The liver tissue is swollen and inflamed by hepatitis. Hepatitis can affect humans and animals in a variety of ways; some individuals and animals show no symptoms while others exhibit jaundice, which is a yellow discoloration of the skin and whites of the eyes, as well as poor appetite, vomiting, fatigue, abdominal pain, and diarrhoea. If the hepatitis clears up within six months, it is considered acute; if it persists after six months, it is considered chronic. Acute liver failure can (rarely) occur as a result of acute hepatitis, although it can also clear up on its own, develop to chronic hepatitis, or all three. The liver can become scarred (cirrhosis), fail, and develop cancer as a result of chronic hepatitis.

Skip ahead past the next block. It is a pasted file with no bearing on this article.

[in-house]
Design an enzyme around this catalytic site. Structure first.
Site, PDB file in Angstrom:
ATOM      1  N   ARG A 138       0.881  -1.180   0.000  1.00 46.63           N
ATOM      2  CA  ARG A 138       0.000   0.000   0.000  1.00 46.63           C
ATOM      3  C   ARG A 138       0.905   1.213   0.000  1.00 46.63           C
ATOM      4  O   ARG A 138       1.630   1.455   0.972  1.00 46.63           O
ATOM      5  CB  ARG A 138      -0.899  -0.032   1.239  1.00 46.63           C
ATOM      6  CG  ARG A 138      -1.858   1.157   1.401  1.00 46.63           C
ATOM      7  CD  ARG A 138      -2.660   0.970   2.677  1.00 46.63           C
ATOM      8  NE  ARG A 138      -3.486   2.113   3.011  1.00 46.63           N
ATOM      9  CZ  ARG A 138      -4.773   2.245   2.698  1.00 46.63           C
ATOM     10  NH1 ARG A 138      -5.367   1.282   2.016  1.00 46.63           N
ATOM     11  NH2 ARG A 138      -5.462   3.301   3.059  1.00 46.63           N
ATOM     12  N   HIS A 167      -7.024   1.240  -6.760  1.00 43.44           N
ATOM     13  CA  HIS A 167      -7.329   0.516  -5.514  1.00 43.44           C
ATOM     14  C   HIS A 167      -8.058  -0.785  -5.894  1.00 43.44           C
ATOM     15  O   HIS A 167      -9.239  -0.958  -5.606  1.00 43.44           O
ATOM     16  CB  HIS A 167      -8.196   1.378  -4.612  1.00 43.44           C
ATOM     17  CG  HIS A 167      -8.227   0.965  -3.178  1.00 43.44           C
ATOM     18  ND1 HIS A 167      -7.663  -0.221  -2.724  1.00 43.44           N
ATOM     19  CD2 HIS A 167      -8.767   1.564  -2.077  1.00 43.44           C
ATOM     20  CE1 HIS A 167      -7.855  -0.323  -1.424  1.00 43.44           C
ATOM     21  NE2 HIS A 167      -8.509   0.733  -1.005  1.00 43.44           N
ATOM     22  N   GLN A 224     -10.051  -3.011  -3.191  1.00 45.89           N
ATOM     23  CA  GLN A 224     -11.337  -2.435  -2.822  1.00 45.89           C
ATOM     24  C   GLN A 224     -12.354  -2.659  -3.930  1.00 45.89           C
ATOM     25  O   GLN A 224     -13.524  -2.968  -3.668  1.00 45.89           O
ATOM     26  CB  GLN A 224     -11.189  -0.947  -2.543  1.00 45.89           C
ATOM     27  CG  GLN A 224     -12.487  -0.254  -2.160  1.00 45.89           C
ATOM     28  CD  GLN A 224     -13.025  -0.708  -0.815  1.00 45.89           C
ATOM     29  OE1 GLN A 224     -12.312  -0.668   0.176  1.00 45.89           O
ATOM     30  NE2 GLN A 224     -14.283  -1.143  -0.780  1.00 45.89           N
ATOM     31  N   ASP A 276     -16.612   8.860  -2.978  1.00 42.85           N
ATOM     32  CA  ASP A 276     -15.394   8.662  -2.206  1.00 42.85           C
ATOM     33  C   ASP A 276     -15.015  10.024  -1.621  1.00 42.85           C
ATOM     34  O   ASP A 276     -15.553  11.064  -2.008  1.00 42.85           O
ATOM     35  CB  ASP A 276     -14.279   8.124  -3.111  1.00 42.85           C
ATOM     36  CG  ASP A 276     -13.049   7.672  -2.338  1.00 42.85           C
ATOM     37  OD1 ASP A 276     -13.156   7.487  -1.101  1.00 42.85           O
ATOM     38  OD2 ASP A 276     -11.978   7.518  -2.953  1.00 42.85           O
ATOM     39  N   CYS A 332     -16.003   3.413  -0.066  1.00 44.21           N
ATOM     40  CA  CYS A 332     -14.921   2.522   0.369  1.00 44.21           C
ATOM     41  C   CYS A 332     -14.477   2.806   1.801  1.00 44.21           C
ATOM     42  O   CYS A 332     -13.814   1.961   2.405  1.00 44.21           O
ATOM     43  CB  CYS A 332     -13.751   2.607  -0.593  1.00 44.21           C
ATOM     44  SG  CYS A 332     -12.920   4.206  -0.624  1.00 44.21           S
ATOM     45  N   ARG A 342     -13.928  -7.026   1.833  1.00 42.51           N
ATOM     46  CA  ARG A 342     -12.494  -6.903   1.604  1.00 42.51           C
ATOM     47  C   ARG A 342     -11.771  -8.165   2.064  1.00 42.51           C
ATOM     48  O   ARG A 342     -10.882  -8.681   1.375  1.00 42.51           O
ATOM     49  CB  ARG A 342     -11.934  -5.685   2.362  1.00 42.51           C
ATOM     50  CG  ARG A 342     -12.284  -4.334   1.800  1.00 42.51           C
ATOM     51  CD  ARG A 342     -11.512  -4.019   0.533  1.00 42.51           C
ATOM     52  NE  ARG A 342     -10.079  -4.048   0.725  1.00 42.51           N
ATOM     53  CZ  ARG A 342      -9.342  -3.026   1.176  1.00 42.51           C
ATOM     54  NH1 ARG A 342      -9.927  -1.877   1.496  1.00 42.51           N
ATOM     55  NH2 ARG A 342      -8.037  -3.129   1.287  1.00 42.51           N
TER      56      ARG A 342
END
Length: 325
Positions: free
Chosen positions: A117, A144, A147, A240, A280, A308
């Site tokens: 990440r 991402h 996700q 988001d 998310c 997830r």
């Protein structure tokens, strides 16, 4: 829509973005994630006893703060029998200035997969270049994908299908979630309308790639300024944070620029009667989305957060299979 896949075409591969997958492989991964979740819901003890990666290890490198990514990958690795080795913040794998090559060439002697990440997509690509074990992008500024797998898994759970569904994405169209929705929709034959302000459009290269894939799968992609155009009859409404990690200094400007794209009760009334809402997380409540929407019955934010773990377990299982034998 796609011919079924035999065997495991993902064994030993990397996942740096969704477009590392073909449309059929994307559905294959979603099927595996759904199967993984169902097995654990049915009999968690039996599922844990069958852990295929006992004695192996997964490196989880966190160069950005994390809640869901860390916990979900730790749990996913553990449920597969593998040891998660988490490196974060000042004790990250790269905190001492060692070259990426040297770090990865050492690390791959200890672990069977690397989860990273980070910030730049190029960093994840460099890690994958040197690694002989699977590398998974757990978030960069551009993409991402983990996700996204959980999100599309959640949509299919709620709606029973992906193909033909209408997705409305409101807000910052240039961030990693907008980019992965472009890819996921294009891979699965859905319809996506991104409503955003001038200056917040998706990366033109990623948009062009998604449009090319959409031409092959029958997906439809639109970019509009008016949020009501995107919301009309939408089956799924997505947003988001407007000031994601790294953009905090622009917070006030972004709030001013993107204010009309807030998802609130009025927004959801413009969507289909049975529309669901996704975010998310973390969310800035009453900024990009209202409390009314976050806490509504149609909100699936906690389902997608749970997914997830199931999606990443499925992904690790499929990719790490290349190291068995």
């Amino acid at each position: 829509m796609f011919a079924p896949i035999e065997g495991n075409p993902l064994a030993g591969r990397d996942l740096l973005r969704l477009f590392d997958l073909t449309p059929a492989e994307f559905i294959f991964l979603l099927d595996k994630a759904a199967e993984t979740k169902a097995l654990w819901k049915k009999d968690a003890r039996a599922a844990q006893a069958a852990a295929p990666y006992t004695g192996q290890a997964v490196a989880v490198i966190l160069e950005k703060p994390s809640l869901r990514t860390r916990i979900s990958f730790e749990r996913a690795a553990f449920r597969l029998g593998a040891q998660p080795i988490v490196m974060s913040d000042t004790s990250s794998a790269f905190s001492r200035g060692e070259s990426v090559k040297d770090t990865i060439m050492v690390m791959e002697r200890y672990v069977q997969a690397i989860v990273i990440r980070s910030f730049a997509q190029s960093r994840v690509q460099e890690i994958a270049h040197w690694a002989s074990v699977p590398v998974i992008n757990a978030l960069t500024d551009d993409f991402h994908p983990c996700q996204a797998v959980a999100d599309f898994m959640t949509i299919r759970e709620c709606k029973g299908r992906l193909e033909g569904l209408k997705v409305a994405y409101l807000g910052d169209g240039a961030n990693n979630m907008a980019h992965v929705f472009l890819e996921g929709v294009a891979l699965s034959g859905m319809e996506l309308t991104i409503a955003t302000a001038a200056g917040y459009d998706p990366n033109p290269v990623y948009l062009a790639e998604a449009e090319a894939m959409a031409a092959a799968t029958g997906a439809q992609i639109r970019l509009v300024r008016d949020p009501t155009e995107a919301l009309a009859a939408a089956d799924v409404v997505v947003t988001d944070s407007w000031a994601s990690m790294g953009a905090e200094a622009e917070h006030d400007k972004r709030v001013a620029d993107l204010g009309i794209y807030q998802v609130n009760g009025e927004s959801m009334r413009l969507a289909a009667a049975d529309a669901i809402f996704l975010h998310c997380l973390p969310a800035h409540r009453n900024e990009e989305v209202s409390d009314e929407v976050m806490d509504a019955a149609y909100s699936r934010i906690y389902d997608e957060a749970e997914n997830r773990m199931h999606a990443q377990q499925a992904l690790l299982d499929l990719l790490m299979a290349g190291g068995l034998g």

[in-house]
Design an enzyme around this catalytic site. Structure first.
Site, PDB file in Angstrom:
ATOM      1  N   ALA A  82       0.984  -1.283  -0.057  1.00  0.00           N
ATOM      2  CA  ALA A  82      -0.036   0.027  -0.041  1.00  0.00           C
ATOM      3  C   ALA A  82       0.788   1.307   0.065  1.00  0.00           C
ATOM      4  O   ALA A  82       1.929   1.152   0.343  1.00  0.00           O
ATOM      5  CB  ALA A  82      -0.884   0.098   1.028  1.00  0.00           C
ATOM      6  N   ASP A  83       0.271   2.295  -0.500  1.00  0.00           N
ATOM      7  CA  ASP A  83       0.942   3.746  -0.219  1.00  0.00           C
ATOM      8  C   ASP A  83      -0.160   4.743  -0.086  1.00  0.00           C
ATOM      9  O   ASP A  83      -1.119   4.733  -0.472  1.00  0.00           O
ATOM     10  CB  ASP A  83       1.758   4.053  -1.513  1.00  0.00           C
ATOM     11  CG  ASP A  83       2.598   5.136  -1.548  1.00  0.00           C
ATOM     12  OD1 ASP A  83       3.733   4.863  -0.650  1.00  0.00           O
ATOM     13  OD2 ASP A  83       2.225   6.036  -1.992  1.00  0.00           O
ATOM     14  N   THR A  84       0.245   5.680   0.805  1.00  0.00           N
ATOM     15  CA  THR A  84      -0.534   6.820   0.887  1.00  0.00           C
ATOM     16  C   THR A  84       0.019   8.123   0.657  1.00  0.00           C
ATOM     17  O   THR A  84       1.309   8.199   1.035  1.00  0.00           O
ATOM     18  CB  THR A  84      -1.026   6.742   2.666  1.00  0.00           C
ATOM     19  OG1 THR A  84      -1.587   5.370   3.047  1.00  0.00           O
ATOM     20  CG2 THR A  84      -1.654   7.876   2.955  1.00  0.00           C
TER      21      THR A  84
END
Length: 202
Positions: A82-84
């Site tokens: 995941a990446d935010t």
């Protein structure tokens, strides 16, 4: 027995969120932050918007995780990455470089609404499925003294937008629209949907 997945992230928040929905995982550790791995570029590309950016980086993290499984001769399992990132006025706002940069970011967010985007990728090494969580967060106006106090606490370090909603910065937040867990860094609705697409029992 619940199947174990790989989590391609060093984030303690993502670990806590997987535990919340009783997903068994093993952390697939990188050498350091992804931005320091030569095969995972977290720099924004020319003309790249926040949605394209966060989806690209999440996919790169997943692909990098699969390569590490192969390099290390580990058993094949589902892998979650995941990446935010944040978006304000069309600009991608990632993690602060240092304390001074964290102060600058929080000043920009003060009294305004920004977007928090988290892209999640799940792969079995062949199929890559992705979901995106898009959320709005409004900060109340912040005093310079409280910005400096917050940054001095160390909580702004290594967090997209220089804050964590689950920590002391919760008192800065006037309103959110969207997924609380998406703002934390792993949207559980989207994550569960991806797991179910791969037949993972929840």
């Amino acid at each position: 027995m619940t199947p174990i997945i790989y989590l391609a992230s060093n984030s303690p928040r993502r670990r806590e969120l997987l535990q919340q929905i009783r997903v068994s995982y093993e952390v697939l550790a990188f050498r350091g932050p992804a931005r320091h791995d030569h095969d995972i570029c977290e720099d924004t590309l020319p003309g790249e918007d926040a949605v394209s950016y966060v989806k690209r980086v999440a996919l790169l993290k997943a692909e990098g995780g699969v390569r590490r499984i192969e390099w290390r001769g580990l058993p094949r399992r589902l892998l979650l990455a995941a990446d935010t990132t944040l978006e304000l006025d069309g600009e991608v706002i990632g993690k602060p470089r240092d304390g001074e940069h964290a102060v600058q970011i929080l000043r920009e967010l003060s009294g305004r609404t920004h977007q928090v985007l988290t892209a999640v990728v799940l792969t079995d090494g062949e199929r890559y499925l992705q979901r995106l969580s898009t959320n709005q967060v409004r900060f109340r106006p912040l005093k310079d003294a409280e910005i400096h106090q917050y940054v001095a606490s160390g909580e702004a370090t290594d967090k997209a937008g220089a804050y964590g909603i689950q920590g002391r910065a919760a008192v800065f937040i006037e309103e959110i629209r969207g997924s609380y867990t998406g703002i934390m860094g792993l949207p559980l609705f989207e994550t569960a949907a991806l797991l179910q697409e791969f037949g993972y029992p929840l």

The hepatitis viruses hepatovirus A, B, C, D, and E are the most frequent causes of hepatitis.The cytomegalovirus, Epstein-Barr virus, and yellow fever virus are among the several viruses that can inflame the liver.
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